Mr. Bennish’s lawyer argued on a TV news program that the teacher had the right of free speech. Not so. What if Mr. Bennish used his 55 minutes with students to preach the Gospel? He would find himself out of the school district on his ear. And he should be. He is a geography teacher.

So, okay, I was brought up in the Louisville, KY school district where teachers utilized fair play every day. Maybe other school districts are not so inclined. But I suspect that fair-minded people can be found everywhere.

Maybe I am just an idealist.

Thursday, March 02, 2006

Bugging the CIA

In the past I have done some very special research for my books. By “special “ I mean to say research that cannot be found by the average person. I required help from the CIA and the FBI.

Under the FOIA (Freedom of Information Act) a researcher can find all kind of useful information. For instance, I had a cousin who traipsed all over Europe after WWII, sometimes in Iron Curtain countries, for fun and profit. He owned several companies that dealt with the Federal Government, too. So I was sure the FBI had a file on him. The CIA, too. But I was more interested in his domestic activities, so I did not ask the CIA for information.

At first, the FBI only wanted proof that my subject was really dead. So I had to round up an obituary from 1967. And then the ___ hit the fan.

It just so happened that when I asked for information on my cousin, the Clinton Administration was found to have 900 private FBI files of Republican opponents and a big, embarrassing stink ensued. The FBI became very skittish about releasing information. They stalled and stalled. But after a couple of years I got a few redacted papers. They concerned mostly Jimmy Hoffa, the late (and still missing) president of the Teamsters. It seems the FBI was investigating my cousin’s companies to see if the Teamsters had been shaking down them down. The Teamsters were clean.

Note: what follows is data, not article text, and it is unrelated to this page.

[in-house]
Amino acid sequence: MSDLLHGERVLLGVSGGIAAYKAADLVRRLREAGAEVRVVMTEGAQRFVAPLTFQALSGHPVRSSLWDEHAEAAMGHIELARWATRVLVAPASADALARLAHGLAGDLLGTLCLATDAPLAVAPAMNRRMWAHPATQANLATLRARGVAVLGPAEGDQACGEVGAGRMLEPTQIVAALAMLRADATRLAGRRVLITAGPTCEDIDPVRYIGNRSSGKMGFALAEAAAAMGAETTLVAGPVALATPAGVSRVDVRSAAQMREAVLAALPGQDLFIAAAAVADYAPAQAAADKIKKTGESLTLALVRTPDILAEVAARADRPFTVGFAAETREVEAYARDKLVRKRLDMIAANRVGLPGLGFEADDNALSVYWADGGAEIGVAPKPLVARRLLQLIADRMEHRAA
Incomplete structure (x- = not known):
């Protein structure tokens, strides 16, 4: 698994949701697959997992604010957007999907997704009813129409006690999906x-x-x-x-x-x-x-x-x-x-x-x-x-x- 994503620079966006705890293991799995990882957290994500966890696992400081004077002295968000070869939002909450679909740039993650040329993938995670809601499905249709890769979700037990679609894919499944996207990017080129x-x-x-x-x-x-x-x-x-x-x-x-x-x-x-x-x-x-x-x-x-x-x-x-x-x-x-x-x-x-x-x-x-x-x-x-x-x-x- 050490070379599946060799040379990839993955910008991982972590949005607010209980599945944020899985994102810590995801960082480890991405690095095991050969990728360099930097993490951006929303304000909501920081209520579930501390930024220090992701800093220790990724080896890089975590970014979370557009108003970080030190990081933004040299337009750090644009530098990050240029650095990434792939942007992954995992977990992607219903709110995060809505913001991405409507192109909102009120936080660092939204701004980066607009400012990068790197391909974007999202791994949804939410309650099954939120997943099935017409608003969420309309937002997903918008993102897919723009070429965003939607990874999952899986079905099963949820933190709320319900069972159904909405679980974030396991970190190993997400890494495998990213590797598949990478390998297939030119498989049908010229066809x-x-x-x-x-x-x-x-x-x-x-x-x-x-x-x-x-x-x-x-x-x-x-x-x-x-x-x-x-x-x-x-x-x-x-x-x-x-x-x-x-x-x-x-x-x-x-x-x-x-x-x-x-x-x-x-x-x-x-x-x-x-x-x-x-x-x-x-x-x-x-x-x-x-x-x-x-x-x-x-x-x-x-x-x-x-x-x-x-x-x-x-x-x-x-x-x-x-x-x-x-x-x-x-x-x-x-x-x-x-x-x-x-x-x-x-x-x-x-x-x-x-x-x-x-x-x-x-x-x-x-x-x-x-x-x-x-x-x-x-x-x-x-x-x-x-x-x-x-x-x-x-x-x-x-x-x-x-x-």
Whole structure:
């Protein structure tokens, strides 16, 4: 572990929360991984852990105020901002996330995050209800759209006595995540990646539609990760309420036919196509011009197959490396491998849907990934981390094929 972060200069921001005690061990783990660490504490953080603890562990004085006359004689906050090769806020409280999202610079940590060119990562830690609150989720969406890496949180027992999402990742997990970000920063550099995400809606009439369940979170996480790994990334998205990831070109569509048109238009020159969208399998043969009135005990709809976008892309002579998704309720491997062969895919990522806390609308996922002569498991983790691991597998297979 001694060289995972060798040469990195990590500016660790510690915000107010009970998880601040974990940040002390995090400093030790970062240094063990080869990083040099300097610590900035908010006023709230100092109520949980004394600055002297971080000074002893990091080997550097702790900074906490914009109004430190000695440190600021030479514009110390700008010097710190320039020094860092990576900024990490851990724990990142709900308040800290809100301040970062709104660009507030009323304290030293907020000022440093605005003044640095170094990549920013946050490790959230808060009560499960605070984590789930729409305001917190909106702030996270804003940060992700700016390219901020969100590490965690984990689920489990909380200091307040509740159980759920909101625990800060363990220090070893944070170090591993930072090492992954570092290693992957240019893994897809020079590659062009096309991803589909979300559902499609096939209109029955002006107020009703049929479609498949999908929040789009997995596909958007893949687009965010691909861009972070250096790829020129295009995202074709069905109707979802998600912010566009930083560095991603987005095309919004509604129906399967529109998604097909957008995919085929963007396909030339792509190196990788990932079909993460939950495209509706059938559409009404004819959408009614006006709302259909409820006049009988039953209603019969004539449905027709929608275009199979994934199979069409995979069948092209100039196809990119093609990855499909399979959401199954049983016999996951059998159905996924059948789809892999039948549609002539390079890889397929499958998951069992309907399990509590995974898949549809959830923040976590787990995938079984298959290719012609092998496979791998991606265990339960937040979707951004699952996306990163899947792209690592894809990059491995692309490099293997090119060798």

Well, now I am investigating another person, not a cousin, who may have been involved in “Operation Paperclip,” right after WWII. This was not a popular Truman program that allowed the U.S. to seize German papers, equipment, and scientists involved in rocket science and in atomic energy projects. If the scientists were Nazis, then their records were cleaned up. The purpose was a) to help the U.S. and b) to keep the information and scientists out of Russian hands.

On paper, my subject reported to Dr. Carl David Anderson of CalTech. Anderson was the man who turned down control of the Manhattan Project in favor of his friend, J. Robert Oppenheimer. In reality, my subject reported directly to President Roosevelt first and then to President Truman. He was a friendly spy among the presidents’ advisors.

I have requested information by FAX from both the FBI and the CIA. Fortunately, my subject’s widow is alive and alert, and she is quite anxious to find out what her husband was really up to during years as WWII wound down and the Cold War sprang up. He was never allowed to tell her.

And yes, the FBI has responded by asking for proof of the death of my subject. They will not accept their own government’s Social Security Death Index as proof of death. Maybe they do not trust the government.